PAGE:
Though Sara was an intensely private person, when Stephanie Smith, Sara’s editor and good friend at Harper Collins, asked me if I could write an obituary, revealing something of Sara’s last weeks, I agreed. Sara had a deep affection for her readers and fans and loved connecting with them through cyberspace – through the early years of her message board and its various discussions, to her blog and websites (her homepage and the Nonsuch garden) and FaceBook. So, without disrespecting her privacy and with a heavy heart, let me briefly invite you into Sara’s, Stephen’s and my world – a world that with her death, for us at least, has been cast adrift and irrevocably shattered.

Her final weeks were not easy; even the seemingly simple act of showering tired her for an entire day. Nonetheless, Sara maintained her wonderful sense of humour and acerbic wit, and her curiousity and concern for others. She managed to edit and see the publication of what is now her final novel, the magnificent The Devil’s Diadem and even saw (though didn’t read) the advance readers’ copies of her collection of short stories, The Hall of Lost Footsteps, which is being published in November by Ticonderoga Publications.

karen-sara-stephen-selfieAccompanying her to every medical appointment, ensuring she had meals, clean clothes and well-fed cats, Stephen and I spent as much time as we could with Sara and did what we could for Sara. And typically of her, she was incredibly undemanding and often apologised (for what, we still don’t know!). I don’t know how many times she thanked us. We didn’t feel (and still don’t) that we deserved her thanks … we loved her and still do love her and it was a joy to see and be with her, as others who know her can attest.

While she sometimes appeared aloof, it was often because she didn’t hear what was said – Sara was quite deaf and relied on hearing aids – but distant she was not. On the contrary, she was one of the most loving and affectionate people I know who would embrace you in the warmest of hugs and squeeze you tight. I will miss those hugs more than I can say.

Visited by a few dear girlfriends (she was selective about who she let into her life) who travelled to Tasmania to see her, she very much enjoyed their company, but was also glad to be by herself again. She was a very solitary person who lived in her imagination as much as she did in the real world. I think she would be overwhelmed by what people are expressing on various forums now; she would be laughing in her unrestrained and contagious way and shaking her head in bewilderment.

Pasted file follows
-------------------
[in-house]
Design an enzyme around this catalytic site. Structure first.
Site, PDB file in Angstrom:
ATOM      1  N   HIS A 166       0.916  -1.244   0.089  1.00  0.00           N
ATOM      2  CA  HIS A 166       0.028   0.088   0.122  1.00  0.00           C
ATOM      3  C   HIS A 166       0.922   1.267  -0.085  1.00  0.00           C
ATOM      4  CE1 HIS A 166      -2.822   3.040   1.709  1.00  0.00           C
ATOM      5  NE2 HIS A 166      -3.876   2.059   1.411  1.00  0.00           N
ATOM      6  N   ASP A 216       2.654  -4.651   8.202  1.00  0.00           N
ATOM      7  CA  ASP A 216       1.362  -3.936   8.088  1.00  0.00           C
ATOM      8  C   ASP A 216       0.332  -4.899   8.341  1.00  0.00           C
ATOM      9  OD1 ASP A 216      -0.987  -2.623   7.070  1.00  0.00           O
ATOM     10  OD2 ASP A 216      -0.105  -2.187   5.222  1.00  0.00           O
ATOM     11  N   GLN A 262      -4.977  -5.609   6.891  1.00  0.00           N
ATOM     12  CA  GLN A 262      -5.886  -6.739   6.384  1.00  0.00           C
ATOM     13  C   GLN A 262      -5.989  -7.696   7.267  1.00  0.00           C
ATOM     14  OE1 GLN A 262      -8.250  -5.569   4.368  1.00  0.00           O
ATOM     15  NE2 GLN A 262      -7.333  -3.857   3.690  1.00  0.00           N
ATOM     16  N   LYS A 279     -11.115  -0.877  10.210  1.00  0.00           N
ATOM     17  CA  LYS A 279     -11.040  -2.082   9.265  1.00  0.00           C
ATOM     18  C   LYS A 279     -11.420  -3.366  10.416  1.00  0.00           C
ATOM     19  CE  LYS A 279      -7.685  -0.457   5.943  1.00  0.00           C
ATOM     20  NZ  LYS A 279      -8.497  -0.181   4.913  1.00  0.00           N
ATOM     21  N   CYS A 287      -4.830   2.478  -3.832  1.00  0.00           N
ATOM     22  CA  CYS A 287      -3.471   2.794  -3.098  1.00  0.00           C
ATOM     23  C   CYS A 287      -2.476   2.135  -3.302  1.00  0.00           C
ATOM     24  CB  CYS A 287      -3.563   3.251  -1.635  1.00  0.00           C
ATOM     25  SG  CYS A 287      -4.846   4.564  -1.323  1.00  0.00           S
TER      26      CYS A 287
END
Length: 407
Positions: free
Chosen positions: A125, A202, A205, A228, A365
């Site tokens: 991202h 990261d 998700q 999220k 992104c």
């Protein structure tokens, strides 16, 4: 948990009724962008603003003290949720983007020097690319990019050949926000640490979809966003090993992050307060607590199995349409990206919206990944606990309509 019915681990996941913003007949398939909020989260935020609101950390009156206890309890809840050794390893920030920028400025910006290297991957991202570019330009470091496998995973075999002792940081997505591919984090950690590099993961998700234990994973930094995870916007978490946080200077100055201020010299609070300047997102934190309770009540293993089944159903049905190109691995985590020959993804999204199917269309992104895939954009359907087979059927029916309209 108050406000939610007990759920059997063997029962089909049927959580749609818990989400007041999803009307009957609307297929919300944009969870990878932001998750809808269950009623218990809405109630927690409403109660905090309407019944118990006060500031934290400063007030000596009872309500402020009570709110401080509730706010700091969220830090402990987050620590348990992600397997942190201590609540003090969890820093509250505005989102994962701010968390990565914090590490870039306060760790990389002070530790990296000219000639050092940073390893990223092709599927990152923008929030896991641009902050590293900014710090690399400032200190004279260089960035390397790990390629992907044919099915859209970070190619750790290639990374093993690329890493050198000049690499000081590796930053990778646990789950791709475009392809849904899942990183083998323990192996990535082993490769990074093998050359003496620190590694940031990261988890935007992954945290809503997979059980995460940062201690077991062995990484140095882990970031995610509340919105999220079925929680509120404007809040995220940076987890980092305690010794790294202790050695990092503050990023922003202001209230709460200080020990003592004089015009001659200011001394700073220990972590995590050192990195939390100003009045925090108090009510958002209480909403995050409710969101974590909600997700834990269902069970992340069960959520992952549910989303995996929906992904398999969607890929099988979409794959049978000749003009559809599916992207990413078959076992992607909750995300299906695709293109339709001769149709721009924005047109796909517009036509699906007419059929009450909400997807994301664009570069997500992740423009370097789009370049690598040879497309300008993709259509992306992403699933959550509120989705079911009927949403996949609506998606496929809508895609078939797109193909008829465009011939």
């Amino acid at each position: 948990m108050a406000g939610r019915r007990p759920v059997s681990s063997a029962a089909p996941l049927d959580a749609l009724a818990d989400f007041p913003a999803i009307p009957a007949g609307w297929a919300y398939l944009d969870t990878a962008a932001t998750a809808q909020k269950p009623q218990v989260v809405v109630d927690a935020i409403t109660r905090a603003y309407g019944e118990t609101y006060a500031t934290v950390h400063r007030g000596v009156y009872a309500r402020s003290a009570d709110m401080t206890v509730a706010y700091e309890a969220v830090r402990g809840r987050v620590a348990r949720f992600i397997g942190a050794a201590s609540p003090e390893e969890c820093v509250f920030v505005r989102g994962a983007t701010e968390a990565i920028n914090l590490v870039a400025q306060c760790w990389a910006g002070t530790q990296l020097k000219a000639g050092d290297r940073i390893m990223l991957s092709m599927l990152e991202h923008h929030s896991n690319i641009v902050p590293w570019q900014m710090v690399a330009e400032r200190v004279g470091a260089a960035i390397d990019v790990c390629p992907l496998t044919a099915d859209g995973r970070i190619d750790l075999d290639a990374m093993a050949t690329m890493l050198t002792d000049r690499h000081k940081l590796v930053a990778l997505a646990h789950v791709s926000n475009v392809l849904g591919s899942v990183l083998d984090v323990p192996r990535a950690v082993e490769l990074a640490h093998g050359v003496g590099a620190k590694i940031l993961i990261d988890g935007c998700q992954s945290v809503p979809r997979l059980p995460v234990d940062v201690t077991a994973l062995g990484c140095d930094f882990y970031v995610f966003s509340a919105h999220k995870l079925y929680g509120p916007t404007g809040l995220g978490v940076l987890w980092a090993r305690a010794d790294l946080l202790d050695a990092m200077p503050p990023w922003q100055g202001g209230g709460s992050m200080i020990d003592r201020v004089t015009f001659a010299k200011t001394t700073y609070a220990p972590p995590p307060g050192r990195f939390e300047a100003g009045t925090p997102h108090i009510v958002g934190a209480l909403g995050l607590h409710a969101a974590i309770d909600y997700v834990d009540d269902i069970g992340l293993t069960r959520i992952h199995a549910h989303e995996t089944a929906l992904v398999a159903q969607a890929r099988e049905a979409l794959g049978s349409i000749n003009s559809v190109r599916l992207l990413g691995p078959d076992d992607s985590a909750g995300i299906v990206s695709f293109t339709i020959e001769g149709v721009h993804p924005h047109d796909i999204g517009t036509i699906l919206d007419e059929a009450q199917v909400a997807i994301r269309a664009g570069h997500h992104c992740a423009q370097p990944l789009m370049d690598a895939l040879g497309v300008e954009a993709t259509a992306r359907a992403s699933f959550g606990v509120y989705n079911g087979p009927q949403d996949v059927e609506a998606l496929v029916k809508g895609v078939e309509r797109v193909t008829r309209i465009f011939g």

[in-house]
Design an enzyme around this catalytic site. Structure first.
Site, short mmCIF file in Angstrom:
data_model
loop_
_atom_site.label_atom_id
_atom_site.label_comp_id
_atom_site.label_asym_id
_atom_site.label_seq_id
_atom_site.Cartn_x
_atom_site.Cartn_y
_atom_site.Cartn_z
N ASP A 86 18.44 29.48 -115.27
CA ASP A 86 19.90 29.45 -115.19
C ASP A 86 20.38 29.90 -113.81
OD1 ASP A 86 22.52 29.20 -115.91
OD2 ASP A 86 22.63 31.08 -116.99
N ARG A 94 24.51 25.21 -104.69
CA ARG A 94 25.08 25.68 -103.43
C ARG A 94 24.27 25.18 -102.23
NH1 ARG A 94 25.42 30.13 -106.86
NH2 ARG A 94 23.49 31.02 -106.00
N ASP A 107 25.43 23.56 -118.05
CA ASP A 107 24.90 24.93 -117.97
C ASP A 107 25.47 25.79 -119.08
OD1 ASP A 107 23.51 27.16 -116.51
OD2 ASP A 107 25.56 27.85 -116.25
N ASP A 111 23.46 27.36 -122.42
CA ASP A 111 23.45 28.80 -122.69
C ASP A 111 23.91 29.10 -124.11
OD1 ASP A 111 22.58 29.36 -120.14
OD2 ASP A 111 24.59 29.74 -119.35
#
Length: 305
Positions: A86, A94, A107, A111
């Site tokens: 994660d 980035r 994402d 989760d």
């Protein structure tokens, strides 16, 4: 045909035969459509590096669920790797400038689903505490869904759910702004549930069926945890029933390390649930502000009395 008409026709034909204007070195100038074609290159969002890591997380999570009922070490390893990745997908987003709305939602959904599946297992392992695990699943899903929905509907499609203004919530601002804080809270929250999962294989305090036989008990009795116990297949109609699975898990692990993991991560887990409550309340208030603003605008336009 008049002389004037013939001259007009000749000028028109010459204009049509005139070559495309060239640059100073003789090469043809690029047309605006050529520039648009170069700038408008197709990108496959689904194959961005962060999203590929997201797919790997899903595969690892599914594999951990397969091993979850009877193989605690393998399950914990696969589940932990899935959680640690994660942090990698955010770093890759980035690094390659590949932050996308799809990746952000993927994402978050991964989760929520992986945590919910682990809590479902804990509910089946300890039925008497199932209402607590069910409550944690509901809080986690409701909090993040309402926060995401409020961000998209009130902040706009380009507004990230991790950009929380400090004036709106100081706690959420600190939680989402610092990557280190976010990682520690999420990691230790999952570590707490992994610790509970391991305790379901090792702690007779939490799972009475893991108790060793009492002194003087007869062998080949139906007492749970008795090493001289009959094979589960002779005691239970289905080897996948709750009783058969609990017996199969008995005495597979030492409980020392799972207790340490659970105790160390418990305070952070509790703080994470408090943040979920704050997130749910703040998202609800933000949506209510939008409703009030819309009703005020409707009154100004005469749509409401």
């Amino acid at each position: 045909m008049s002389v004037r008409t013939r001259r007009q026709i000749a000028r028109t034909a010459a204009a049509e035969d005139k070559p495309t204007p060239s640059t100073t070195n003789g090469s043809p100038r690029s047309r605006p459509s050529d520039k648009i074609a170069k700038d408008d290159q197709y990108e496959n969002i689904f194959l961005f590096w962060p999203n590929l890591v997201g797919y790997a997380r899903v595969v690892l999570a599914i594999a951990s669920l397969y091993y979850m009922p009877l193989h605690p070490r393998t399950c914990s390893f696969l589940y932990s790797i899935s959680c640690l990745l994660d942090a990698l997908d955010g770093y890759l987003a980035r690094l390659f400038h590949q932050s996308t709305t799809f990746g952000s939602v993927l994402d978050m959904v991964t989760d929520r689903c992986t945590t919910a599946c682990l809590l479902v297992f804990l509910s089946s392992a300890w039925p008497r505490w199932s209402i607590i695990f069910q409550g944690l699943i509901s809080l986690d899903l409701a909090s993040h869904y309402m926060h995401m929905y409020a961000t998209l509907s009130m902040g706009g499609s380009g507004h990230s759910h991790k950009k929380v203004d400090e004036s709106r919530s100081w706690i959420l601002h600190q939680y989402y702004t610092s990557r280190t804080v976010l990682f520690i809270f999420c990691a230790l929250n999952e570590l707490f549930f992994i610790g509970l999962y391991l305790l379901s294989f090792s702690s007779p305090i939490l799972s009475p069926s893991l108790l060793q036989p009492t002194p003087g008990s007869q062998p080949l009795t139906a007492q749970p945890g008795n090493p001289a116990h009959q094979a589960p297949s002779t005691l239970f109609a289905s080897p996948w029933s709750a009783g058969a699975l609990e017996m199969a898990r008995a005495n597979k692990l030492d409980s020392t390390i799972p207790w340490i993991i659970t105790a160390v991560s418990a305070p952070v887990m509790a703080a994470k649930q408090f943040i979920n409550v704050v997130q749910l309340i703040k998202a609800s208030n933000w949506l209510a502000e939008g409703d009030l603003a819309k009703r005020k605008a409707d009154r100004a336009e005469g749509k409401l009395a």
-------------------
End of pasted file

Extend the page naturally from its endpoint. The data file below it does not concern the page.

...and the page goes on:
Her final days were, by her choice, in a palliative care ward in Hobart. Despite what she wrote in her forthright and amazing blog, ‘The Silence of the Dying’, Sara chose not to die at home. After two weeks in hospital and then just over two in palliative care, she made the decision, despite everything being set in place (care teams organised, doctor ready, and I was to move in with her), not to return. I think it was emotionally too hard for her – the distancing from her old life had begun. The palliative care ward was comfortable, the ambience was warm, the staff caring, frank and compassionate: just like Sara. There was a garden on the balcony outside her window.

At first she felt guilty that she experienced relief at her decision not to go back home, but we quickly assuaged that and told her it was both normal and perfectly all right to feel such things.

After that, she seemed to find inner peace.

Then, she died.

She died as she lived – on her own terms, in her own time. Her death was quick.

She looked peaceful, serene even, her alabaster skin glowing, her hair softly framing her face. It’s an image that will live in my mind forever.
In accordance with Sara’s wishes, there’s no funeral or formal celebration of her life. She wanted ‘no fuss’. That is so Sara! As I promised, I’m following these wishes – it’s the least I can do.

Sara will be cremated on the 29 September at 10 a.m. There will be three people present. I will read from both BattleAxe (the part where StarDrifter sings the Star Song) and from page 511 of The Devil’s Diadem to the end. I will also read selections from the various tributes that family, friends and fans have left. I will make sure you’re all there with Stephen and me as we say another goodbye.

Then, as the sun sets on Friday the 30th of September, I will spread her ashes over her beloved garden with her cats and a bottle of bubbly as witnesses. I ask that, wherever you are in the world – real and virtual – you raise a glass or pause, and for just a moment, help us send Sara on the first steps in the eternal dance of stars.

I know she’s poised to soar and once she departs, she’ll twinkle brightly forever – in our hearts, minds and every time someone picks up her books and reads her astounding and beautiful words.

Vale Sara.


Editors Note: Karen Brooks had been Sara’s friend for over 20 years and with her husband Stephen was her carer for the 9 months before she passed away.

This obituary was posted on the VoyagerOnline blog, the original post can be read here.